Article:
Friday newspaper round-up: Fuel crisis, Blue Origin, European lorry drivers

by | Oct 1, 2021

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Nearly half of all independently owned petrol stations in the UK were still dry or out of one type of fuel on Thursday, as motorists continued to panic buy and soldiers stood by to drive tankers to help with the refuelling effort amid a lack of HGV drivers. The Petrol Retailers Association said drivers were continuing to buy fuel faster than it could be restocked, despite the insistence from chief secretary to the Treasury, Simon Clarke, that the situation was “back under control”. – Guardian
Hospitality and tourism bosses are pleading with the government to permanently lower the VAT rate on businesses in their sectors to help safeguard thousands of jobs. The appeal comes as the tax’s rate for pubs, restaurants, holiday accommodation and admission to certain attractions rises on Friday to 12.5%, following a temporary cut to just 5% that was introduced in July 2020 to help businesses struggling in the pandemic. – Guardian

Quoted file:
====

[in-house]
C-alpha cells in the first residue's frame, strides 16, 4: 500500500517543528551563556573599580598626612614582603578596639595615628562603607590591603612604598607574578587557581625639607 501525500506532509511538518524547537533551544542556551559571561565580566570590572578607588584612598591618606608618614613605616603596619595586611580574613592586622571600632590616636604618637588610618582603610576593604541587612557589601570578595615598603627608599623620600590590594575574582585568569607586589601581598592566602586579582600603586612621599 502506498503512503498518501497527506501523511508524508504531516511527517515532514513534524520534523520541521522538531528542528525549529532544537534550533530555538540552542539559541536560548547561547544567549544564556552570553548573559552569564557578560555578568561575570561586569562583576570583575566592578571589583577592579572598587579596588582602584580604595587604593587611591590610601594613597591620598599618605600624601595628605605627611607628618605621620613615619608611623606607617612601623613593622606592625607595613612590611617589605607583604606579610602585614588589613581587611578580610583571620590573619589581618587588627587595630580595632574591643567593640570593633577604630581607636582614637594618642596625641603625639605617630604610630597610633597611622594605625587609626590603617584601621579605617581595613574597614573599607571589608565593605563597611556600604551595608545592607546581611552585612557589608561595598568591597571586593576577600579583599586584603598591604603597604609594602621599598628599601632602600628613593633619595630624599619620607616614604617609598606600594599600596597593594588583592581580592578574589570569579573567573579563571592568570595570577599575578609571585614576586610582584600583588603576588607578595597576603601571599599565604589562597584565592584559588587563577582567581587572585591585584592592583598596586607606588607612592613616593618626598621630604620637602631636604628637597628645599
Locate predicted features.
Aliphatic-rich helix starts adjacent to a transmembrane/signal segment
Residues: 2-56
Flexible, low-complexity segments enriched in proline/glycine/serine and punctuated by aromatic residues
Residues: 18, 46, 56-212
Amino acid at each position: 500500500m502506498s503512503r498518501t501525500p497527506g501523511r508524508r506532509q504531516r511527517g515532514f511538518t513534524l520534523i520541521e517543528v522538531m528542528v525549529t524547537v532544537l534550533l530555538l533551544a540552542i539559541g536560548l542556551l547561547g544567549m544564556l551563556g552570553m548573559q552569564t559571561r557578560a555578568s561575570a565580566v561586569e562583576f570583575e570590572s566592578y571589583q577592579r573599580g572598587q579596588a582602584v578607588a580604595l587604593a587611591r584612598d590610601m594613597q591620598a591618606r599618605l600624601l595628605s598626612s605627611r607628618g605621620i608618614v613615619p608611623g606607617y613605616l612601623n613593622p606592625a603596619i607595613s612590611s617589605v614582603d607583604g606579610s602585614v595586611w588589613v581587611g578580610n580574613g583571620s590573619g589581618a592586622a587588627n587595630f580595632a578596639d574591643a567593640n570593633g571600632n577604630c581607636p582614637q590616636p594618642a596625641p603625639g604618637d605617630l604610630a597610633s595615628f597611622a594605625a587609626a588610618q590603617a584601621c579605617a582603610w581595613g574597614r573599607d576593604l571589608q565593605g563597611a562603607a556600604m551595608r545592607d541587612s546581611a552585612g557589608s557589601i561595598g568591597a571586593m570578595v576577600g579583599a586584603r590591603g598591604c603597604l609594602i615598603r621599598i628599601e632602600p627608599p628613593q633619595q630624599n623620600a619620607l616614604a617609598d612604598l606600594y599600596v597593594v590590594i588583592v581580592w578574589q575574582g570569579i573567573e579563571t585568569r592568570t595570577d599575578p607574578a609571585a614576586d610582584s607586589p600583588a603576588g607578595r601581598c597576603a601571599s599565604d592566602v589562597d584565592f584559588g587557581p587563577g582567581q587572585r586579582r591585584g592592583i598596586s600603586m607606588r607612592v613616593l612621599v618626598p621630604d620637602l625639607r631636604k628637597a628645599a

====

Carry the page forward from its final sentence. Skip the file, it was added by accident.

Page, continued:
Jeff Bezos’s Blue Origin rocket company has been accused of fostering a “toxic” culture in which senior executives are alleged to have sexually harassed staff and in one instance “physically groping” a female employee. An open letter, claiming to represent the views of 21 current and former Blue Origin employees, alleged that “numerous” senior executives have been known to be “consistently inappropriate with women”. – Telegraph

European lorry drivers recruited to help prevent Christmas shortages are being offered salaries of up to a fifth more than their British counterparts. Retail industry insiders say the higher salaries are required to attract EU drivers to the UK for such a short period of time, with the 5,000 temporary visas issued by the Government set to expire on Christmas Eve. – Telegraph

Sir Howard Davies, one of the most senior figures in the City, has expressed support for a ban on cryptocurrency trading, arguing it should come with a warning saying “Abandon Hope All Ye Who Enter Here” – the inscription over hell’s gates, according to Dante. Sir Howard, who chairs NatWest Group and is a former deputy governor of the Bank of England and former chairman of the Financial Services Authority, said he was “very hostile” to crypto, adding that it was regarded as the biggest worry within NatWest. – The Times

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